An imaginary experiment with light

Let us go back to the last example but instead imagine that we have light rather than a bullet chasing the astronaut. It is quite irrelevant whether we talk about a wave or a photon; let us just say that instead of a bullet, we have a light signal. Again, both the observer on earth and the astronaut measure the speed in their respective reference frames S and S'. c = speed of light relative to earth and v = speed of astronaut relative to earth.

Earthman and astronaut measure the speed of the same photon.

Both the observer on earth and the observer in the rocket measure the speed of a light signal, by timing it, as it crosses a marked distance in their respective laboratories.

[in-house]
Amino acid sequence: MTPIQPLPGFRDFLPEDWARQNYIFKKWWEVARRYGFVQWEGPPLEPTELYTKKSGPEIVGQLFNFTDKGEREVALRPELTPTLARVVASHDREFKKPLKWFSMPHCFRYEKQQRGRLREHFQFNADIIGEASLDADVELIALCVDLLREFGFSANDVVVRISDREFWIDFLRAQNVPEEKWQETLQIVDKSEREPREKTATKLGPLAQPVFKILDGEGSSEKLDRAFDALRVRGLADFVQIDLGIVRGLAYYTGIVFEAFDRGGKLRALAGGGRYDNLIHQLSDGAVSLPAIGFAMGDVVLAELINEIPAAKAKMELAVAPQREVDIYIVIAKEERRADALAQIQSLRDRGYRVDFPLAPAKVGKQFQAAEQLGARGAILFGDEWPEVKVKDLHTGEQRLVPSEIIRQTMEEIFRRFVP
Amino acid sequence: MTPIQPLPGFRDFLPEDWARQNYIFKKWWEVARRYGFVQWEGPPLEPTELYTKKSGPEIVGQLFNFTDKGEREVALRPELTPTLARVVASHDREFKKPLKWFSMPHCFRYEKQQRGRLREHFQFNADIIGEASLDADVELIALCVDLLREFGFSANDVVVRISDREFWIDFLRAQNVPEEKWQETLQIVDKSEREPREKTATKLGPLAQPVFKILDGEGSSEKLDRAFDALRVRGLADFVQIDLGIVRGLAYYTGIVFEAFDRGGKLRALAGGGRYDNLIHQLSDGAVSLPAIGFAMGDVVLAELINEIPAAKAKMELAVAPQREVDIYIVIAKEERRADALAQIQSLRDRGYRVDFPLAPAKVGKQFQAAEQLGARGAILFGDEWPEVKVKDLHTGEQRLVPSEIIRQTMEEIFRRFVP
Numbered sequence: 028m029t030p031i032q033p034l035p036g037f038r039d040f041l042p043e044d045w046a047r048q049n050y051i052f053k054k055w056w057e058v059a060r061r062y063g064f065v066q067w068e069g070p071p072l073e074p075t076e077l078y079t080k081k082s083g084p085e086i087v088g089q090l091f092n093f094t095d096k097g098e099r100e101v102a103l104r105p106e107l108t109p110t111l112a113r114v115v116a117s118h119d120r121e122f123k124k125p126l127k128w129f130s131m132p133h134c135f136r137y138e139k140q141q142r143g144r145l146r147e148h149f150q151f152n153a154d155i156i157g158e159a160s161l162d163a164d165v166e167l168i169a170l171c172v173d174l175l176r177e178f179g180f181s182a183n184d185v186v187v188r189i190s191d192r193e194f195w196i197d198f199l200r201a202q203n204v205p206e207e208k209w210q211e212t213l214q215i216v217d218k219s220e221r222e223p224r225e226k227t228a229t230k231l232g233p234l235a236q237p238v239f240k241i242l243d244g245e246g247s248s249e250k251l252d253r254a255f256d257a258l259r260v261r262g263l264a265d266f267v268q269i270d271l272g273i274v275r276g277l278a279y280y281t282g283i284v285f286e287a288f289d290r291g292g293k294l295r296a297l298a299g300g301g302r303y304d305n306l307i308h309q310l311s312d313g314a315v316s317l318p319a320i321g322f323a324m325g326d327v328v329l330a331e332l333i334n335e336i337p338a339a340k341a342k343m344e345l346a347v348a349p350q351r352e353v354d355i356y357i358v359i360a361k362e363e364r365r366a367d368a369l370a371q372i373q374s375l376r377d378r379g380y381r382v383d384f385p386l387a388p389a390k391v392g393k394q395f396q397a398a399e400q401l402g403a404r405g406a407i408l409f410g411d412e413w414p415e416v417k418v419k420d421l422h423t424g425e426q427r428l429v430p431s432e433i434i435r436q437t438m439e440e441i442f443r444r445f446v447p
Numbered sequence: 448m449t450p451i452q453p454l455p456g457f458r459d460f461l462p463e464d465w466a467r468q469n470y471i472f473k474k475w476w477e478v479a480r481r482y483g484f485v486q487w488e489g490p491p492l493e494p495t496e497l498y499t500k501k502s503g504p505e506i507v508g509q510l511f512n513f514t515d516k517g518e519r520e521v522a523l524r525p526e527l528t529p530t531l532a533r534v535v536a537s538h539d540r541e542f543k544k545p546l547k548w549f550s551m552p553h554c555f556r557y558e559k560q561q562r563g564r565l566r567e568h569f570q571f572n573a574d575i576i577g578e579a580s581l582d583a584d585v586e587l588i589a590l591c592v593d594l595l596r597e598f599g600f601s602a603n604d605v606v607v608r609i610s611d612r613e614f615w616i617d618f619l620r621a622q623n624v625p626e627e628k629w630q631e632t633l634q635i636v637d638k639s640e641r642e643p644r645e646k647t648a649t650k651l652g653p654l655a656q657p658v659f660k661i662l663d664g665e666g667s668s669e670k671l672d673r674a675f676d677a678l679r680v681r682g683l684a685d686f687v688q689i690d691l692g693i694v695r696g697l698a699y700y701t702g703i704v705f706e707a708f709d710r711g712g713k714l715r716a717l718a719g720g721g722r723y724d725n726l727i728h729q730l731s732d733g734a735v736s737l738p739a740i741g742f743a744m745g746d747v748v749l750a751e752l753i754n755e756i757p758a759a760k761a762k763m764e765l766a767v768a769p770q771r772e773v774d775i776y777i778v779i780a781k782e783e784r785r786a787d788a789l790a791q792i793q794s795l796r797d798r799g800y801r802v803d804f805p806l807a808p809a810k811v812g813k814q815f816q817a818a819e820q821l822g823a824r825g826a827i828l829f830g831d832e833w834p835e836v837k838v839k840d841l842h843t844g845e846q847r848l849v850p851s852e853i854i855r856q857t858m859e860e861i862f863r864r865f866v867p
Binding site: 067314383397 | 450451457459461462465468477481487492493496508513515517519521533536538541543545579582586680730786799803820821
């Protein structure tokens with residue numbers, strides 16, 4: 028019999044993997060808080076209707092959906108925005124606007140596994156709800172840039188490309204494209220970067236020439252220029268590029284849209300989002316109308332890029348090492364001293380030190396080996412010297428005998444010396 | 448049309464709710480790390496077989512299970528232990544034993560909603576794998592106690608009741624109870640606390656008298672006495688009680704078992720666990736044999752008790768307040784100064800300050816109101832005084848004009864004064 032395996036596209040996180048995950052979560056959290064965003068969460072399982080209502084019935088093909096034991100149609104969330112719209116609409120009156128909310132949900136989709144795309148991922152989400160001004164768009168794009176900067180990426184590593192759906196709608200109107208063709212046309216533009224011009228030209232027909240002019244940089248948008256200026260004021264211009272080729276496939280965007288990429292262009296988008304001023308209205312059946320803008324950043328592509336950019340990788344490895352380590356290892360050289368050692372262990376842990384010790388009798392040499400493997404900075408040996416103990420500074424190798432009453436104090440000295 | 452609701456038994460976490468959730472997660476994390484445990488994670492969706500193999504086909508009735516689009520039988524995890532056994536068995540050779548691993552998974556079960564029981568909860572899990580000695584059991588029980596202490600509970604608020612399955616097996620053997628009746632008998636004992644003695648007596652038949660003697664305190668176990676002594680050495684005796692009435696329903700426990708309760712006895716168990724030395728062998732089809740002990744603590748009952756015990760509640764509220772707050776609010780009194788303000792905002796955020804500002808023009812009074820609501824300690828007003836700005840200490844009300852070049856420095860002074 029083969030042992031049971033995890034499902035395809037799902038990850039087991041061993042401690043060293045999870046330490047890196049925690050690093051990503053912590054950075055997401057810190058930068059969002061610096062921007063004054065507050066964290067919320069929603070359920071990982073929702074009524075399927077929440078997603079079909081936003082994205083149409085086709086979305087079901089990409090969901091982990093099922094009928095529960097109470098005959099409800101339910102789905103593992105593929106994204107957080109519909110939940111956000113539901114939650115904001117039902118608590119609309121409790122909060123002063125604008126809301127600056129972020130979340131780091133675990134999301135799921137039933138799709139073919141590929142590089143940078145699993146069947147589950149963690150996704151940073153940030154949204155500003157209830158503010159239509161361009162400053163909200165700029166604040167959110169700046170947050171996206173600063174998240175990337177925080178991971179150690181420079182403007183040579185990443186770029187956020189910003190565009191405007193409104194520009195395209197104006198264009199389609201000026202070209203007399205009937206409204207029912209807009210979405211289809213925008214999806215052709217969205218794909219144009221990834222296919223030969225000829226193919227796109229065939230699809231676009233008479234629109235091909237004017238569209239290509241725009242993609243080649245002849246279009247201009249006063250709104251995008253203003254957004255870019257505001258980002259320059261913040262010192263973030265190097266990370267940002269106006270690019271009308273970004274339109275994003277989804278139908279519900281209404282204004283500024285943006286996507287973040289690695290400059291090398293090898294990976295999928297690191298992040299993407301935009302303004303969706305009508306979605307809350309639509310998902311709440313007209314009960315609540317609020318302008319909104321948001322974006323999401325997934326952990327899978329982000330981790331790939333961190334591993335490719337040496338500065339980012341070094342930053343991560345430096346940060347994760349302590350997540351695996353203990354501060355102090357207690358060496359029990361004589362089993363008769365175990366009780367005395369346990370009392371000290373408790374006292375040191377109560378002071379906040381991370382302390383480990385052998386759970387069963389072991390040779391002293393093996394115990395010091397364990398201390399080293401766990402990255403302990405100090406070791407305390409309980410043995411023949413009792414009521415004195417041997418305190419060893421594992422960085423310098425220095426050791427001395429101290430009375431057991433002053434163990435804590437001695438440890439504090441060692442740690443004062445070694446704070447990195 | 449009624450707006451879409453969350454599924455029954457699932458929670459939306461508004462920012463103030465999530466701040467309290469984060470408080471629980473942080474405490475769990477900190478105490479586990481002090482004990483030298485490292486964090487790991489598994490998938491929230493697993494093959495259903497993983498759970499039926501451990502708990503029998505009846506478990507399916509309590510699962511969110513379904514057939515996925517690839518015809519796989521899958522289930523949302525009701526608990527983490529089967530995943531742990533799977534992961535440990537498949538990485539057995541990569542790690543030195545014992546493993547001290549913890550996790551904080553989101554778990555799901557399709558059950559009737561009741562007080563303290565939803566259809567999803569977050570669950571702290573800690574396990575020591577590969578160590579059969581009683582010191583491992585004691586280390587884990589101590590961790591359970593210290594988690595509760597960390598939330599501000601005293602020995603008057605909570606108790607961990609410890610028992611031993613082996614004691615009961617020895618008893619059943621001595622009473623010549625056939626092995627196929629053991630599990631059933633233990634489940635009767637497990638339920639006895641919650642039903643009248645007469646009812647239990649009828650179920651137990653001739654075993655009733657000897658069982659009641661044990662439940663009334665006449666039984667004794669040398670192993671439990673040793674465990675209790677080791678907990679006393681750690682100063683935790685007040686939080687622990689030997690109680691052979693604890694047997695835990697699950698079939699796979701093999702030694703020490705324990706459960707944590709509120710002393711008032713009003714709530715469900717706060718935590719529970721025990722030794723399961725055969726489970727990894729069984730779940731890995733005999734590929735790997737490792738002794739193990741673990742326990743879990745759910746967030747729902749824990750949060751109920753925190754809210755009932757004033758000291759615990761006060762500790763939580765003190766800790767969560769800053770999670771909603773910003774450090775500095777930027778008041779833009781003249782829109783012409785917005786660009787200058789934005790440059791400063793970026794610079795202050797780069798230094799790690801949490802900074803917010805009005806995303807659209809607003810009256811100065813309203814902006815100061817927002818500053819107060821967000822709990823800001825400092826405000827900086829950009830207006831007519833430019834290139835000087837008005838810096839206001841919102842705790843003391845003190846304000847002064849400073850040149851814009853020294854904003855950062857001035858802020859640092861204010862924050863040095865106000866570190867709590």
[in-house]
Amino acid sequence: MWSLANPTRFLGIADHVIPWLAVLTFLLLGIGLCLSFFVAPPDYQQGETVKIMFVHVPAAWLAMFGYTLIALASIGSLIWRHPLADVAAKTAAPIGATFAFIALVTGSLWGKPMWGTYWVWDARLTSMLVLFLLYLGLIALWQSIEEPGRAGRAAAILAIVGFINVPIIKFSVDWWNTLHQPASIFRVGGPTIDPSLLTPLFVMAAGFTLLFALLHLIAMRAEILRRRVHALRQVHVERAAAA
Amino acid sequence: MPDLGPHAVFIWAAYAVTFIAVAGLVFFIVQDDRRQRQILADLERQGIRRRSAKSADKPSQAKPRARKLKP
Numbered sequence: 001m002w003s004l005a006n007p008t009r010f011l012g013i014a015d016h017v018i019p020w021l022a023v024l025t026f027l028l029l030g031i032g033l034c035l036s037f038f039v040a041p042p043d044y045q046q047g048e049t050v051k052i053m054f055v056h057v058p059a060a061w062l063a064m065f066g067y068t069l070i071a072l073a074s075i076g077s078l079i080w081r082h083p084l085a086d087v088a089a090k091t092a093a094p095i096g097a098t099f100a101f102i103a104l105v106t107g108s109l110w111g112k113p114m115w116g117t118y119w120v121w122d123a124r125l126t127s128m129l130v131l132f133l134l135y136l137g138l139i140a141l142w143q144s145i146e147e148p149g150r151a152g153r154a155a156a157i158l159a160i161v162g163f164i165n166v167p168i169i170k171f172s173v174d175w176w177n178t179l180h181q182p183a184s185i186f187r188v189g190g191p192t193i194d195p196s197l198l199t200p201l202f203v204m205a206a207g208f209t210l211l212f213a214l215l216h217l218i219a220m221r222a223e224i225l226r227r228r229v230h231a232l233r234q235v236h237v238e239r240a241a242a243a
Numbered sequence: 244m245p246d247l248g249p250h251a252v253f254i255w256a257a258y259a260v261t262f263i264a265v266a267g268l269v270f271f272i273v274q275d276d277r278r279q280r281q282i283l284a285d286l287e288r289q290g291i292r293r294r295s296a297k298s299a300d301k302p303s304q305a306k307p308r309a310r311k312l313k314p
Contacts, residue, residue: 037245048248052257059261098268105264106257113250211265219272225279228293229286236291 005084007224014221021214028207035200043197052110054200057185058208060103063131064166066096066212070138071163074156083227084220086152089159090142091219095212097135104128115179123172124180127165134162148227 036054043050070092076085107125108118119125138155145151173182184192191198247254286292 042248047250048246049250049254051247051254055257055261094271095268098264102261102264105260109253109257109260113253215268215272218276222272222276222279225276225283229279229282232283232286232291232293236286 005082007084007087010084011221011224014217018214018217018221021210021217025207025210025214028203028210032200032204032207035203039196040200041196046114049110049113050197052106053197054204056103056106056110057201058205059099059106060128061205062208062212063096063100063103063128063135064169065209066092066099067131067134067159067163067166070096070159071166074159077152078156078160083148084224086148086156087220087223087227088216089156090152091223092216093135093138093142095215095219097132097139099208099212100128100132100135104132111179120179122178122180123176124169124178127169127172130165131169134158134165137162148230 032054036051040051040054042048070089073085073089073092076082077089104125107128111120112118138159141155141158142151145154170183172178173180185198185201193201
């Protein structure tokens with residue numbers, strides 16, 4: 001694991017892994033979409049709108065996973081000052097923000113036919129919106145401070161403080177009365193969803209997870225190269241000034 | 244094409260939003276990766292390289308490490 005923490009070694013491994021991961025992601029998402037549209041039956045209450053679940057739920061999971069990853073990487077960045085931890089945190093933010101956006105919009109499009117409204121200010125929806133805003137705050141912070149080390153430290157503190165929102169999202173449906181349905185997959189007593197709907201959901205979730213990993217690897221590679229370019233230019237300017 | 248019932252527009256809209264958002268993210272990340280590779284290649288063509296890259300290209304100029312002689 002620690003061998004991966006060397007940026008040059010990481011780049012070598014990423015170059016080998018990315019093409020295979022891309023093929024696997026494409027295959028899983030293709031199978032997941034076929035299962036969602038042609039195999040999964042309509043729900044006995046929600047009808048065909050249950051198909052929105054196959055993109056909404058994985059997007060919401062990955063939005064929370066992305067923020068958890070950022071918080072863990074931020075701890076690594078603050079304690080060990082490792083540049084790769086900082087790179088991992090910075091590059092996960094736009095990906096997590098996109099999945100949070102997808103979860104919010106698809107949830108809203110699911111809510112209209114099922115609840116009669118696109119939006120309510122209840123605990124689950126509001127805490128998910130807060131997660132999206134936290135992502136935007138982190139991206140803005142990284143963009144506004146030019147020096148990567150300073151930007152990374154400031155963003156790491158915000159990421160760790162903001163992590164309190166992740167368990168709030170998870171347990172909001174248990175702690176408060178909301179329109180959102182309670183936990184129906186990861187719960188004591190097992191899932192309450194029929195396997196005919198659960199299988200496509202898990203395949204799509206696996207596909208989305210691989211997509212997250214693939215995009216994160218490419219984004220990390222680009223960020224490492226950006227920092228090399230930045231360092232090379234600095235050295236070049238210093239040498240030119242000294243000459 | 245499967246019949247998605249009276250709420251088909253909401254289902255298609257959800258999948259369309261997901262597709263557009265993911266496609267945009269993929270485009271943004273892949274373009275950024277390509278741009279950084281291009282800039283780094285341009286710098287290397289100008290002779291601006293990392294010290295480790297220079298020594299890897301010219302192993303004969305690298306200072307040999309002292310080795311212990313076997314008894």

This time, however, they both get the same result! 15.6.3 A paradox?

How can they possibly get the same result?

Common sense' tells us that as the light signal is overtaking the astronaut, it will pass him, the same as the 'chasing bullet', at a lower relative speed than its speed in the earthframe. Einstein's second postulate, 'The speed of light is the same for all observers', tells us something different. We either accept it or we do not. If we accept it, we must also accept the consequences, strange as they might seem!

Paradox (Chambers dictionary definition): A statement that is apparently absurd but is, or may be, really true.

We have to accept that the contradiction here is not between the laws of Nature themselves, but between the laws of Nature as they are, and the laws of Nature as we think they should be.

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